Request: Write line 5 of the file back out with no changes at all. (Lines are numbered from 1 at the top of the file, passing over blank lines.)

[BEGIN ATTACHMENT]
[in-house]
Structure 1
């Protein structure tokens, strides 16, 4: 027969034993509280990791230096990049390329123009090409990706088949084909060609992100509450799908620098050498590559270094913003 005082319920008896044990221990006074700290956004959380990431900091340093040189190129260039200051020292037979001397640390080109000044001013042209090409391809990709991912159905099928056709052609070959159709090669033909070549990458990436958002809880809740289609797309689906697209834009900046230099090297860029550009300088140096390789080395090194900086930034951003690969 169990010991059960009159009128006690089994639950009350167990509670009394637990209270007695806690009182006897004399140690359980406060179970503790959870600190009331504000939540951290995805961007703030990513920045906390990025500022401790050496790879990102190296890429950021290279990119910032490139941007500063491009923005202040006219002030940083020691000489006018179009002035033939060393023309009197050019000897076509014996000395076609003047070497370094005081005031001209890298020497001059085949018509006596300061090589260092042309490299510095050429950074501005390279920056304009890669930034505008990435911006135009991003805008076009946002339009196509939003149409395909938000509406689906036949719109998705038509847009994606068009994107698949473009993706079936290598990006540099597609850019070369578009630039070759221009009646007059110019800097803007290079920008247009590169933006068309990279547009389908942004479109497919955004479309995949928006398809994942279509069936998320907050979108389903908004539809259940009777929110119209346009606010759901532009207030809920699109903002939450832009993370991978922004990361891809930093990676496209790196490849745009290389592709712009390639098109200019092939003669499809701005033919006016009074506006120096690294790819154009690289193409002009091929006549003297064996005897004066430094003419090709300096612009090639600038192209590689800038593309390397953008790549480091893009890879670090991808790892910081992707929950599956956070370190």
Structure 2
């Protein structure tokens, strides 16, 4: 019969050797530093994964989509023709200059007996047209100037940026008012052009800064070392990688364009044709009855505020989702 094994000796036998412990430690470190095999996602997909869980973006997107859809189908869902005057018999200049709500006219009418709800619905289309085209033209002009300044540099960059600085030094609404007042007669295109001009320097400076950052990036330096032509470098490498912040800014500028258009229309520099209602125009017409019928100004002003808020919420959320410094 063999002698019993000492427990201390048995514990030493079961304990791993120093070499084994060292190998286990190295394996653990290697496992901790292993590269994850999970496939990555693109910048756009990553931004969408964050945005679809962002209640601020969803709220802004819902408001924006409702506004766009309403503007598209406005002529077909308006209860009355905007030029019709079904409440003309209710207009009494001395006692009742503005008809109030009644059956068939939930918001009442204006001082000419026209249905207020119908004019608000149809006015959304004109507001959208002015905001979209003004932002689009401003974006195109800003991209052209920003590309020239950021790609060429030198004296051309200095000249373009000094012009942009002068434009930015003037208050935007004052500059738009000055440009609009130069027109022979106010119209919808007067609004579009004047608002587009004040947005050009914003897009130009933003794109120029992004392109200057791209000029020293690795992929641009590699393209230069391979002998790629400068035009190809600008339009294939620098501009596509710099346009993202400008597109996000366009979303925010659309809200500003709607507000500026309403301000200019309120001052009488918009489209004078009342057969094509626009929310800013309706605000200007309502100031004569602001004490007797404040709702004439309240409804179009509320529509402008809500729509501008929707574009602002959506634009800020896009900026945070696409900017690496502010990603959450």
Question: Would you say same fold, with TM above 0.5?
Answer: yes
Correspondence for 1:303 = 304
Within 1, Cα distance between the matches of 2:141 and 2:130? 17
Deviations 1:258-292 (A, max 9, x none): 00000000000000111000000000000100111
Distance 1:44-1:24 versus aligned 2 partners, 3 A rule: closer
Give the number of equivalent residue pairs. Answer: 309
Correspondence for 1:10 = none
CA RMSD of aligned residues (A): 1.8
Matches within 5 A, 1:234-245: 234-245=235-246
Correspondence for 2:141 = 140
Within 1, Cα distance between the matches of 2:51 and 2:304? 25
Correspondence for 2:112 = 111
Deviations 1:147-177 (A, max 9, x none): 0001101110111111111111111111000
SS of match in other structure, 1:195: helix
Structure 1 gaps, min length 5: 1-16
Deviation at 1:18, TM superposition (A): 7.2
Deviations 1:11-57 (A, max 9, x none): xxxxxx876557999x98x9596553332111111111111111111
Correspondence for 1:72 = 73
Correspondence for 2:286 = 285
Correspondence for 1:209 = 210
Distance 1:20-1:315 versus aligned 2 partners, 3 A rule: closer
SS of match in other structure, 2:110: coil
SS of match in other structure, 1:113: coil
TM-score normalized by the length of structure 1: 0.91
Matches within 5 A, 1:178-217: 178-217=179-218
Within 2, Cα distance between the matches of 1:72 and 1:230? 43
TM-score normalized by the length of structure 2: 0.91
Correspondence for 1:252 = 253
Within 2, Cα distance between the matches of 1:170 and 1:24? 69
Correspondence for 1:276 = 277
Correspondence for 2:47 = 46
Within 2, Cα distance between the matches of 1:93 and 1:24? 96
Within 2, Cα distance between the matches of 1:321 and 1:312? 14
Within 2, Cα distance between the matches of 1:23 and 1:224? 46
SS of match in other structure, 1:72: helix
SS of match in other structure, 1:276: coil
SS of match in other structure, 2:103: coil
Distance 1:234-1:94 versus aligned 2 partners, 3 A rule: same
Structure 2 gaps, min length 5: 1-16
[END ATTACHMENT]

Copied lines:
């Protein structure tokens, strides 16, 4: 019969050797530093994964989509023709200059007996047209100037940026008012052009800064070392990688364009044709009855505020989702 094994000796036998412990430690470190095999996602997909869980973006997107859809189908869902005057018999200049709500006219009418709800619905289309085209033209002009300044540099960059600085030094609404007042007669295109001009320097400076950052990036330096032509470098490498912040800014500028258009229309520099209602125009017409019928100004002003808020919420959320410094 063999002698019993000492427990201390048995514990030493079961304990791993120093070499084994060292190998286990190295394996653990290697496992901790292993590269994850999970496939990555693109910048756009990553931004969408964050945005679809962002209640601020969803709220802004819902408001924006409702506004766009309403503007598209406005002529077909308006209860009355905007030029019709079904409440003309209710207009009494001395006692009742503005008809109030009644059956068939939930918001009442204006001082000419026209249905207020119908004019608000149809006015959304004109507001959208002015905001979209003004932002689009401003974006195109800003991209052209920003590309020239950021790609060429030198004296051309200095000249373009000094012009942009002068434009930015003037208050935007004052500059738009000055440009609009130069027109022979106010119209919808007067609004579009004047608002587009004040947005050009914003897009130009933003794109120029992004392109200057791209000029020293690795992929641009590699393209230069391979002998790629400068035009190809600008339009294939620098501009596509710099346009993202400008597109996000366009979303925010659309809200500003709607507000500026309403301000200019309120001052009488918009489209004078009342057969094509626009929310800013309706605000200007309502100031004569602001004490007797404040709702004439309240409804179009509320529509402008809500729509501008929707574009602002959506634009800020896009900026945070696409900017690496502010990603959450």